Personal trainers aren’t just for celebrities preparing to hit the red carpet or competitors on reality television shows. As more people commit to leading healthier lifestyles, the interest in working with personal trainers expands.
Trainers offer a host of benefits to both beginning and experienced exercisers, including boosting motivation, teaching proper form and helping prevent exercise-related injuries. Research published in the Journal of Sports Science and Medicine found that one-on-one sessions with a trainer helped increase physical activity and adherence to an exercise program.
But, before hiring a personal trainer, ask these questions:
Organizations such as American Council on Exercise, National Strength and Conditioning Association and American College of Sports Medicine all offer personal training certifications. Despite the available credentials, Tom Holland, a certified strength and conditioning specialist, exercise physiologist and author of “Beat the Gym,” notes, “Many trainers have little to no formal education in exercise science, which is frightening.”
One study found that a small percentage of personal trainers had no exercise-related college degree or personal training certification. “If a trainer is current in their [certifications] and making sure to complete their continuing education credits, it will create a safer environment,” adds Marc Coronel, Trigger Point and TRX master instructor and owner of Open Mind Fitness.
Don’t be afraid to ask about credentials, then corroborate the information with the organization to confirm certifications are up to date, to ensure you’re hiring a pro.
Some trainers specialize in certain fitness niches such as weight loss, muscle development or sports performance. If you want to learn some new moves or need help with motivation, a well-rounded personal trainer can be a great fit. For help meeting a specific goal, Holland advises finding a trainer who specializes and excels in that field, “Not someone who simply talks a good game, as many trainers do, but someone who walks the walk as well.”
For example, before hiring a trainer to prep for your first marathon, ask how many times they’ve crossed the finish line of a 26.2-mile course.
Sitting in on a session helps you get an idea of how trainers interact with their clients and what a typical session entails. Pay attention to how a trainer keeps workouts interesting and how they interact with clients.
Tony Maloney ACSM-certified personal trainer and fitness center manager at the National Institute for Fitness and Sport, suggests watching more than one session to see how a trainer changes up the workouts for different clients. “Each program should be different, specific to each client,” Maloney says. “If you see them running through the same workout with multiple clients, it could be laziness or a sign that those are the only moves in their toolbox.”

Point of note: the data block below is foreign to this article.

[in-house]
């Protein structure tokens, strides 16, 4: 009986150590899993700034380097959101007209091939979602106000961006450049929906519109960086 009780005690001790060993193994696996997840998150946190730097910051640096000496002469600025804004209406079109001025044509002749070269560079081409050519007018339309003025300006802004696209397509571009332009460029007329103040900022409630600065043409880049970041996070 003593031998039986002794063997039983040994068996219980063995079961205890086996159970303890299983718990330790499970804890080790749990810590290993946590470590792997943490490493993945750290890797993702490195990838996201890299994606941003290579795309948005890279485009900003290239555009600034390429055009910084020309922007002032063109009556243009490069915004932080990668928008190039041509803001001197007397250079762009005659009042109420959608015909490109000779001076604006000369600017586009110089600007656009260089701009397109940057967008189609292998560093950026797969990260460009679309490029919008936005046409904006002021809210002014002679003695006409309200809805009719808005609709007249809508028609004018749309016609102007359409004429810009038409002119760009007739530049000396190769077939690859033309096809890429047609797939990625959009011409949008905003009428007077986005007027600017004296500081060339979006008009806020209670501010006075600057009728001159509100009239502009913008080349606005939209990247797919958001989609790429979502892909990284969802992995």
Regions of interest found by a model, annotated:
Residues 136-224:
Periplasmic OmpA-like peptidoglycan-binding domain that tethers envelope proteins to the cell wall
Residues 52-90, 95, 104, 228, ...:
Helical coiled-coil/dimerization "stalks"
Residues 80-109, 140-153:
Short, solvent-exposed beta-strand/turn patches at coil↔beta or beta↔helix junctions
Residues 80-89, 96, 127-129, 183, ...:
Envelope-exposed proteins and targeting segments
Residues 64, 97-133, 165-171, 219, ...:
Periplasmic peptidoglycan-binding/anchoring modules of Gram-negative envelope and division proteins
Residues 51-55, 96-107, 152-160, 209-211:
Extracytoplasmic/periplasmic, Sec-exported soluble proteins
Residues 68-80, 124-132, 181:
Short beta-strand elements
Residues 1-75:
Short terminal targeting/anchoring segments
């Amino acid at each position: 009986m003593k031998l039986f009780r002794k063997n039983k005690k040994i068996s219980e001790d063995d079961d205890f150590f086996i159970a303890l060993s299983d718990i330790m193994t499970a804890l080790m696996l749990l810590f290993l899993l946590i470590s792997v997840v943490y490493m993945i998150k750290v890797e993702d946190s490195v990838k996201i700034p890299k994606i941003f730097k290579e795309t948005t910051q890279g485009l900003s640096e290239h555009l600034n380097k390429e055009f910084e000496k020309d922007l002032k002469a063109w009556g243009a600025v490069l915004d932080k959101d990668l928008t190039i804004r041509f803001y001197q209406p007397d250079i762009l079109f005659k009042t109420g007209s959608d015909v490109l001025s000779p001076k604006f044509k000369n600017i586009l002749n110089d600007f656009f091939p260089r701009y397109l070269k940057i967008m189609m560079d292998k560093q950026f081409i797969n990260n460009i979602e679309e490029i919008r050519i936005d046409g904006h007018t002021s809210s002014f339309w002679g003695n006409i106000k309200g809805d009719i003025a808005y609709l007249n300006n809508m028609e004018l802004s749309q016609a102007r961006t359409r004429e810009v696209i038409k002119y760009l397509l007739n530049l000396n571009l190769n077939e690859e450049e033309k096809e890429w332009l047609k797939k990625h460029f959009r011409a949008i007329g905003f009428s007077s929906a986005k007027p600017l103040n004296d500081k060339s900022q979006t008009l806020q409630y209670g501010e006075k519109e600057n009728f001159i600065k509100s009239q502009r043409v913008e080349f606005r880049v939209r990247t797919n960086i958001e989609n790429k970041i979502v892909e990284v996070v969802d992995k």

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Watching a trainer work is good, but the best way to determine whether a trainer is a good fit is stepping into the gym with them. “You should feel 100% comfortable with a trainer [because] you’re trusting them with your health and safety,” Maloney says.
During a trial session, pay attention to how the trainer guides you through the workout: Is there an explanation of which muscle group each move targets and how to do it safely? Do you feel challenged and encouraged? Does the trainer address your questions and concerns?
Maloney also suggests watching for red flags like a trainer who shows up late or spends the entire session looking at their phone — both are signs of a bad trainer, he says.
“Asking to speak with former clients can yield incredibly valuable information about the trainer,” Holland says. Call a few references to ask questions such as: What did you like (and dislike) about the trainer? How long did you work together? What results did you see? Do you recommend this trainer?
Learning all you can before hiring a trainer is the best way to ensure you’re choosing the fitness professional who is best suited to helping you achieve your goals — and having an enjoyable experience in the process.
“There should be a conversation about what steps to take so goal setting can be reasonable and attainable,” Coronel says.
Asking about a plan also allows you to learn more about a trainer’s philosophy and, most important, it helps ensure the trainer is a pro who knows how to design a fitness program that’ll allow you to achieve your goals.